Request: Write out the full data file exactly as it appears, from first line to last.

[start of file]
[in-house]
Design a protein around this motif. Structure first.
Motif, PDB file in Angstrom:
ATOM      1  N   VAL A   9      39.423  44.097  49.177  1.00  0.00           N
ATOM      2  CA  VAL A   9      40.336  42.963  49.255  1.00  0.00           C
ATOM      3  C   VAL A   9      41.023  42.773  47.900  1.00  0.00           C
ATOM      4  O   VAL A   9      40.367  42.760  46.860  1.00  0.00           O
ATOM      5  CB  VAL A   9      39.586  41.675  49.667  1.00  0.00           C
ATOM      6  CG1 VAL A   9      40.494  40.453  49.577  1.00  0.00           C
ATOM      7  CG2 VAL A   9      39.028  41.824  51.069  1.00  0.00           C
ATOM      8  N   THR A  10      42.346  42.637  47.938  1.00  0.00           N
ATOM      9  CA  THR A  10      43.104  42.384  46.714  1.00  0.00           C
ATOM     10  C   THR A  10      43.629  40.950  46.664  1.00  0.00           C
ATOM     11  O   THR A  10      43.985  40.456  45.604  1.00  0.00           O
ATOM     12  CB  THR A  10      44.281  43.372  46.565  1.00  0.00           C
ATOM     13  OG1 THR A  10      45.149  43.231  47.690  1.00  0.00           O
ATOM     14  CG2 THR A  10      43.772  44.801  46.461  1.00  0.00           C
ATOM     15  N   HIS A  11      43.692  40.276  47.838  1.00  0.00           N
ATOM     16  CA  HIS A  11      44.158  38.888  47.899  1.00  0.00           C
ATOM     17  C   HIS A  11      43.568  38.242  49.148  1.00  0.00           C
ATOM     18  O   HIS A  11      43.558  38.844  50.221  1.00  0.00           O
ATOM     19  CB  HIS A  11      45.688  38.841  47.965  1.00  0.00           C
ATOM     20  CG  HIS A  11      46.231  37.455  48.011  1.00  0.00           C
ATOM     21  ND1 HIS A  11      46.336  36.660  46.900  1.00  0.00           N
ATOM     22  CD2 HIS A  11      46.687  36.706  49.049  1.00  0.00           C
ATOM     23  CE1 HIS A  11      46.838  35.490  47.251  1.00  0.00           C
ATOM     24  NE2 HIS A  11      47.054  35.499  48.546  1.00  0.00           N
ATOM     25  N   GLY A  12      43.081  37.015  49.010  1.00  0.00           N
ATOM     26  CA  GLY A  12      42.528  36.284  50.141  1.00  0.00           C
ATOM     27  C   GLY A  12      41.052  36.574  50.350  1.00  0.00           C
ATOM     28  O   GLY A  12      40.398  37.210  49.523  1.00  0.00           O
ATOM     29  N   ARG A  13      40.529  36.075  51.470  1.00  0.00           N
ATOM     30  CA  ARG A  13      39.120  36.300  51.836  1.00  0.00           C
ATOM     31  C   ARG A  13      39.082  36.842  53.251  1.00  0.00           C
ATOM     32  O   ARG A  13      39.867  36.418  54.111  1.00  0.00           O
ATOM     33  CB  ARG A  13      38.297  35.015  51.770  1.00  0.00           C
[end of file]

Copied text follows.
[in-house]
Design a protein around this motif. Structure first.
Motif, PDB file in Angstrom:
ATOM      1  N   VAL A   9      39.423  44.097  49.177  1.00  0.00           N
ATOM      2  CA  VAL A   9      40.336  42.963  49.255  1.00  0.00           C
ATOM      3  C   VAL A   9      41.023  42.773  47.900  1.00  0.00           C
ATOM      4  O   VAL A   9      40.367  42.760  46.860  1.00  0.00           O
ATOM      5  CB  VAL A   9      39.586  41.675  49.667  1.00  0.00           C
ATOM      6  CG1 VAL A   9      40.494  40.453  49.577  1.00  0.00           C
ATOM      7  CG2 VAL A   9      39.028  41.824  51.069  1.00  0.00           C
ATOM      8  N   THR A  10      42.346  42.637  47.938  1.00  0.00           N
ATOM      9  CA  THR A  10      43.104  42.384  46.714  1.00  0.00           C
ATOM     10  C   THR A  10      43.629  40.950  46.664  1.00  0.00           C
ATOM     11  O   THR A  10      43.985  40.456  45.604  1.00  0.00           O
ATOM     12  CB  THR A  10      44.281  43.372  46.565  1.00  0.00           C
ATOM     13  OG1 THR A  10      45.149  43.231  47.690  1.00  0.00           O
ATOM     14  CG2 THR A  10      43.772  44.801  46.461  1.00  0.00           C
ATOM     15  N   HIS A  11      43.692  40.276  47.838  1.00  0.00           N
ATOM     16  CA  HIS A  11      44.158  38.888  47.899  1.00  0.00           C
ATOM     17  C   HIS A  11      43.568  38.242  49.148  1.00  0.00           C
ATOM     18  O   HIS A  11      43.558  38.844  50.221  1.00  0.00           O
ATOM     19  CB  HIS A  11      45.688  38.841  47.965  1.00  0.00           C
ATOM     20  CG  HIS A  11      46.231  37.455  48.011  1.00  0.00           C
ATOM     21  ND1 HIS A  11      46.336  36.660  46.900  1.00  0.00           N
ATOM     22  CD2 HIS A  11      46.687  36.706  49.049  1.00  0.00           C
ATOM     23  CE1 HIS A  11      46.838  35.490  47.251  1.00  0.00           C
ATOM     24  NE2 HIS A  11      47.054  35.499  48.546  1.00  0.00           N
ATOM     25  N   GLY A  12      43.081  37.015  49.010  1.00  0.00           N
ATOM     26  CA  GLY A  12      42.528  36.284  50.141  1.00  0.00           C
ATOM     27  C   GLY A  12      41.052  36.574  50.350  1.00  0.00           C
ATOM     28  O   GLY A  12      40.398  37.210  49.523  1.00  0.00           O
ATOM     29  N   ARG A  13      40.529  36.075  51.470  1.00  0.00           N
ATOM     30  CA  ARG A  13      39.120  36.300  51.836  1.00  0.00           C
ATOM     31  C   ARG A  13      39.082  36.842  53.251  1.00  0.00           C
ATOM     32  O   ARG A  13      39.867  36.418  54.111  1.00  0.00           O
ATOM     33  CB  ARG A  13      38.297  35.015  51.770  1.00  0.00           C